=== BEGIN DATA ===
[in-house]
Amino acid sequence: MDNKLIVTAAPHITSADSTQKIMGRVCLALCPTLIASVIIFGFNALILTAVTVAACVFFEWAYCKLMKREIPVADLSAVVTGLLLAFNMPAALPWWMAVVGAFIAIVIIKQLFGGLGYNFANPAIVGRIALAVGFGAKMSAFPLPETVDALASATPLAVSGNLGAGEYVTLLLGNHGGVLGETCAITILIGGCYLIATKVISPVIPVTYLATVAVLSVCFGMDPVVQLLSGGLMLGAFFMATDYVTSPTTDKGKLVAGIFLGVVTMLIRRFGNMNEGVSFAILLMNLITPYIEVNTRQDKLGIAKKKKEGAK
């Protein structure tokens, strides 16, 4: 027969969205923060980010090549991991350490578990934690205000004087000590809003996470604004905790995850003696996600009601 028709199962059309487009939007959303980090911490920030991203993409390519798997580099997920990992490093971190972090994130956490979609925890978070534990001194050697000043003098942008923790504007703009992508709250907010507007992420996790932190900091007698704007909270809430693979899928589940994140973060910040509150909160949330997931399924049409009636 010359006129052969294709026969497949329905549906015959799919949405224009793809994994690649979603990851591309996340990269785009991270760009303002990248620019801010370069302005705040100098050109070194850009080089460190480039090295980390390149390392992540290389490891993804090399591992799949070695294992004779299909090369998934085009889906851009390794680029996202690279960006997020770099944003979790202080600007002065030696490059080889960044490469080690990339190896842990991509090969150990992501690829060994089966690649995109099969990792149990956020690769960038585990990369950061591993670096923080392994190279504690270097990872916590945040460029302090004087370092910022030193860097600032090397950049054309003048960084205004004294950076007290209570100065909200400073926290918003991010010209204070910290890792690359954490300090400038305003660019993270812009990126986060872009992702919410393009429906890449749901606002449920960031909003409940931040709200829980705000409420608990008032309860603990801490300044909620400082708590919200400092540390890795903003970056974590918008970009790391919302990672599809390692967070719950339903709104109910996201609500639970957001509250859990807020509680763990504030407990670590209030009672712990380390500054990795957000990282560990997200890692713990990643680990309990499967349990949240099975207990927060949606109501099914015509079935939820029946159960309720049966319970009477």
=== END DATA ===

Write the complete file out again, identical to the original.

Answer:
[in-house]
Amino acid sequence: MDNKLIVTAAPHITSADSTQKIMGRVCLALCPTLIASVIIFGFNALILTAVTVAACVFFEWAYCKLMKREIPVADLSAVVTGLLLAFNMPAALPWWMAVVGAFIAIVIIKQLFGGLGYNFANPAIVGRIALAVGFGAKMSAFPLPETVDALASATPLAVSGNLGAGEYVTLLLGNHGGVLGETCAITILIGGCYLIATKVISPVIPVTYLATVAVLSVCFGMDPVVQLLSGGLMLGAFFMATDYVTSPTTDKGKLVAGIFLGVVTMLIRRFGNMNEGVSFAILLMNLITPYIEVNTRQDKLGIAKKKKEGAK
């Protein structure tokens, strides 16, 4: 027969969205923060980010090549991991350490578990934690205000004087000590809003996470604004905790995850003696996600009601 028709199962059309487009939007959303980090911490920030991203993409390519798997580099997920990992490093971190972090994130956490979609925890978070534990001194050697000043003098942008923790504007703009992508709250907010507007992420996790932190900091007698704007909270809430693979899928589940994140973060910040509150909160949330997931399924049409009636 010359006129052969294709026969497949329905549906015959799919949405224009793809994994690649979603990851591309996340990269785009991270760009303002990248620019801010370069302005705040100098050109070194850009080089460190480039090295980390390149390392992540290389490891993804090399591992799949070695294992004779299909090369998934085009889906851009390794680029996202690279960006997020770099944003979790202080600007002065030696490059080889960044490469080690990339190896842990991509090969150990992501690829060994089966690649995109099969990792149990956020690769960038585990990369950061591993670096923080392994190279504690270097990872916590945040460029302090004087370092910022030193860097600032090397950049054309003048960084205004004294950076007290209570100065909200400073926290918003991010010209204070910290890792690359954490300090400038305003660019993270812009990126986060872009992702919410393009429906890449749901606002449920960031909003409940931040709200829980705000409420608990008032309860603990801490300044909620400082708590919200400092540390890795903003970056974590918008970009790391919302990672599809390692967070719950339903709104109910996201609500639970957001509250859990807020509680763990504030407990670590209030009672712990380390500054990795957000990282560990997200890692713990990643680990309990499967349990949240099975207990927060949606109501099914015509079935939820029946159960309720049966319970009477």